Quite frankly, this has been one of the most traumatic years that any of us have seen in history.
Bishop T.D. Jakes presides over the Potter's House, a global humanitarian organization and 30,000-member church in Dallas. "Quite frankly, this has been one of the most traumatic years that any of us have seen in history," said Bishop Jakes. "Children are returning to school grieving, often raised by grandmothers who are missing, often being raised in multi-generational families in Black and Brown families, where they cannot do social distancing. They have faced trauma that no child should have to see."
As children return, Bishop Jakes said schools must emphasize "counseling, additional training for teachers to be able to detect those warning signs appropriately, and working together with faith leaders, community leaders and parents, [to] create a village whereby children are able to accomplish their goals and reach their dreams."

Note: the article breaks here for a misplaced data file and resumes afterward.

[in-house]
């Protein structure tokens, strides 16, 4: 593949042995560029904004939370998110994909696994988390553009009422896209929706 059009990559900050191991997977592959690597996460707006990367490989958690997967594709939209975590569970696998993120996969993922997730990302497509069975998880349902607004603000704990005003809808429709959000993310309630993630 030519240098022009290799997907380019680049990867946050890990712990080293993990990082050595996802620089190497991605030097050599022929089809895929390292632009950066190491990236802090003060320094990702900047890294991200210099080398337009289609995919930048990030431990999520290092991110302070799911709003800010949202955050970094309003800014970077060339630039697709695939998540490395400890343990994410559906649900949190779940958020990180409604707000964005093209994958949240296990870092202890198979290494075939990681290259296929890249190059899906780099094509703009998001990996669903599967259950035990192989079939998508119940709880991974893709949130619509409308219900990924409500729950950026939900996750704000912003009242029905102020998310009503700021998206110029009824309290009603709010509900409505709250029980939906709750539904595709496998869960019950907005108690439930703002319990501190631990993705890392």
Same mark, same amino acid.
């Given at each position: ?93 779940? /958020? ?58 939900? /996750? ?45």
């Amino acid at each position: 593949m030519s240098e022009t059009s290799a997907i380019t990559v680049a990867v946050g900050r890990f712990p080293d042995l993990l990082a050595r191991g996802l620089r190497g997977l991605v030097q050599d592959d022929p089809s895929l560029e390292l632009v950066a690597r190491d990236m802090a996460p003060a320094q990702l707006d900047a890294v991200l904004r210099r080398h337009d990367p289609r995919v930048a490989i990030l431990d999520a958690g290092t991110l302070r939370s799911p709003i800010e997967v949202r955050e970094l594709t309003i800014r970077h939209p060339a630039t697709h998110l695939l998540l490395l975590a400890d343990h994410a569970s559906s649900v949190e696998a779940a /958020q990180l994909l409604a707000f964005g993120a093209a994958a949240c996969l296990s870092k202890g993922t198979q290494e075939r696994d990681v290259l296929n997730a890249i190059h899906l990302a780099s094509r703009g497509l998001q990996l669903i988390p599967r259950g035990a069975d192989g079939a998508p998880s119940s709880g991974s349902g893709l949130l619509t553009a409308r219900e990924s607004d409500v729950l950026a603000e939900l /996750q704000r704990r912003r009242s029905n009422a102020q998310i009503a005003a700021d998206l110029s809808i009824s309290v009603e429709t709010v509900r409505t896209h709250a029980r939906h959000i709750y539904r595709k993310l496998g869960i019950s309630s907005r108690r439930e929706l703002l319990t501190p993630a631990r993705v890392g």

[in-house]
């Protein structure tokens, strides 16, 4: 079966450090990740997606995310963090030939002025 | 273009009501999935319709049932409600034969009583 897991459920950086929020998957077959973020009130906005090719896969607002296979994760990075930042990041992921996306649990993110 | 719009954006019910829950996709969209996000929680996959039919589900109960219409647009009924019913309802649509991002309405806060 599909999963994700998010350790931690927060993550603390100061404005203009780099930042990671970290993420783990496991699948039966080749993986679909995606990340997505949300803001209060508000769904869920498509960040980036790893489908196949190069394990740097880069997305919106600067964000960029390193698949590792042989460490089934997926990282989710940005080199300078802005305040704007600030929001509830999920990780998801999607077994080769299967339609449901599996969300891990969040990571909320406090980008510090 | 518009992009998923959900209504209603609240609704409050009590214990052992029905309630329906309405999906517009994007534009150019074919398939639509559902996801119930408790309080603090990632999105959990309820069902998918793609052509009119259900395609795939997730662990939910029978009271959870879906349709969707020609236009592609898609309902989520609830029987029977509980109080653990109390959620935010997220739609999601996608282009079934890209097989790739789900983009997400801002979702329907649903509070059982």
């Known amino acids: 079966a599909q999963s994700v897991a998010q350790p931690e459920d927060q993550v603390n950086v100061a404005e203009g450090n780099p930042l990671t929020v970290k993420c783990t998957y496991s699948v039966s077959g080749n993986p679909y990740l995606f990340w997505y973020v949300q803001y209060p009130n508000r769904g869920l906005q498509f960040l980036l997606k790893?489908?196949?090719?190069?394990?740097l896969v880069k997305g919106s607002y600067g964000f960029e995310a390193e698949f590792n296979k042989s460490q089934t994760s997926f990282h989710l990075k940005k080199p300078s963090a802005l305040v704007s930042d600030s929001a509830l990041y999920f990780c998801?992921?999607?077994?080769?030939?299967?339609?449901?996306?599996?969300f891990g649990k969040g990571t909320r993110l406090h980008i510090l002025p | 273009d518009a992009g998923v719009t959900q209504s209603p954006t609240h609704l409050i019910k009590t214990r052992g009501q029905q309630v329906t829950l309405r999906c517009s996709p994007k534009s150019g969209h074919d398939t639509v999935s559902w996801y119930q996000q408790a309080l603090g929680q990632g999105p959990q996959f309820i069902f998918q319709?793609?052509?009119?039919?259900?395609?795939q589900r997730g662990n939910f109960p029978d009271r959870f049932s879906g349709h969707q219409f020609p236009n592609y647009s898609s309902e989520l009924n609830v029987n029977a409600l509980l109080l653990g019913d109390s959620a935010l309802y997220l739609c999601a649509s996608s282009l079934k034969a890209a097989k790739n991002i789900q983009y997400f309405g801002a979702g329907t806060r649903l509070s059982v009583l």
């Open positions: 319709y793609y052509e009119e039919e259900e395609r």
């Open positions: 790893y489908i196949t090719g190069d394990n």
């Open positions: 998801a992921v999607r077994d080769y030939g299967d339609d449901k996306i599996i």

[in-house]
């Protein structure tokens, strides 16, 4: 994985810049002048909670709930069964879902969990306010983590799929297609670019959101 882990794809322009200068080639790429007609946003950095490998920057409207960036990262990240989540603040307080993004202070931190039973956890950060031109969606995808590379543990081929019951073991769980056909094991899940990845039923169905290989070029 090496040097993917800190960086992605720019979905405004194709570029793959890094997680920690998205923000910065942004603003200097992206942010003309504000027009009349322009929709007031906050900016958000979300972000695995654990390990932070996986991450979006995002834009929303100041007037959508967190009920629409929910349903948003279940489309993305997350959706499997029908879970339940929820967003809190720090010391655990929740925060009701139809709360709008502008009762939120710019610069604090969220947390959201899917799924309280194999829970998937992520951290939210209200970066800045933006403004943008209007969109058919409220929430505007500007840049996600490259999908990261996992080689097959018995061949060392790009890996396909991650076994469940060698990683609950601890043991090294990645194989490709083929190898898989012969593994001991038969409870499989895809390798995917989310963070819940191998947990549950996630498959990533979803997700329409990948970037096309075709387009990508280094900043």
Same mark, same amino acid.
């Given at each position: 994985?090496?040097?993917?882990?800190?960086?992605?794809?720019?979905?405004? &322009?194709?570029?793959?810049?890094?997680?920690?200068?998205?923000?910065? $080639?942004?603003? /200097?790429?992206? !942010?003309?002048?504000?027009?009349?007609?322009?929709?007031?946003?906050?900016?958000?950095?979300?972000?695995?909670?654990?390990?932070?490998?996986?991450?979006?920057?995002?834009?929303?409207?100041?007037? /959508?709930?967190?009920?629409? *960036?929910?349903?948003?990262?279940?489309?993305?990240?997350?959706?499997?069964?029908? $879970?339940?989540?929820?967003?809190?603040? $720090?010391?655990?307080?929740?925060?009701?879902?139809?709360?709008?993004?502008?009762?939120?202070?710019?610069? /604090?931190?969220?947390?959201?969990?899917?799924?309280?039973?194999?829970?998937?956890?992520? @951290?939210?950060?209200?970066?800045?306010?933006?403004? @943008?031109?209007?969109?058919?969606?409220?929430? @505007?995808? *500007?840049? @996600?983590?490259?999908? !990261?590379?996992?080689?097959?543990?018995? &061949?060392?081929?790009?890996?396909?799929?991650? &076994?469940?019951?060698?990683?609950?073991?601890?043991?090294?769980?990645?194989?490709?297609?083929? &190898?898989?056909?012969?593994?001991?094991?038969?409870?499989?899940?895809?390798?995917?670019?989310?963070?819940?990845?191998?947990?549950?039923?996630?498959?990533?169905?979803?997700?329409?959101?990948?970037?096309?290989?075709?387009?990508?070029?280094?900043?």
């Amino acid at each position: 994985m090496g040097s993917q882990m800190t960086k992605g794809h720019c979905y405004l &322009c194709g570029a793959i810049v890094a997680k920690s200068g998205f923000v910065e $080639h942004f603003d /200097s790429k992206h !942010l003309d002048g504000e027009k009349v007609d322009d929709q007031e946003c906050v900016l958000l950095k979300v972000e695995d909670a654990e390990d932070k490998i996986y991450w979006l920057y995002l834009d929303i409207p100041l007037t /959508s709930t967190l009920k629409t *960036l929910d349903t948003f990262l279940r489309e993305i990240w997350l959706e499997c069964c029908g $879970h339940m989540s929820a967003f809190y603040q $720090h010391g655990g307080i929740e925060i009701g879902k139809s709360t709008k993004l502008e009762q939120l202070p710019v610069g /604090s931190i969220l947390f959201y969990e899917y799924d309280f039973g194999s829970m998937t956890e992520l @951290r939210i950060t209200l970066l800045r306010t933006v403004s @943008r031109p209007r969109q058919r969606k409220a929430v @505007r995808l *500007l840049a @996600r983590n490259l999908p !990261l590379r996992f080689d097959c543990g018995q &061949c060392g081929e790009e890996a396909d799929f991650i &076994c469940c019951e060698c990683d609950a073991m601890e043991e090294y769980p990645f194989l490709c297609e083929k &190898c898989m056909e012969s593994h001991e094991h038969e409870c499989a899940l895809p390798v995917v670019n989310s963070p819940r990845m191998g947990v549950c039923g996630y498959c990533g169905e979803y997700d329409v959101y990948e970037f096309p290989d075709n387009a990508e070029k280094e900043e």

One such leader is Dr. Valerie Bridges, the "super proud" superintendent of Edgecombe Public Schools in North Carolina. The schools serve a diverse, rural community that navigates the pandemic with innovative solutions more often seen in urban settings.
"We have our fair share of struggles in our district, which include high unemployment and some academic concerns. But that's not what defines us," said Bridges. When the pandemic hit, the educators acted swiftly for their students, deploying centralized remote learning pods for students without access to the internet at home. "We wanted to provide a safe place for kids to work and engage, a safe place for them to get additional support and have access to reliable internet while their parents worked."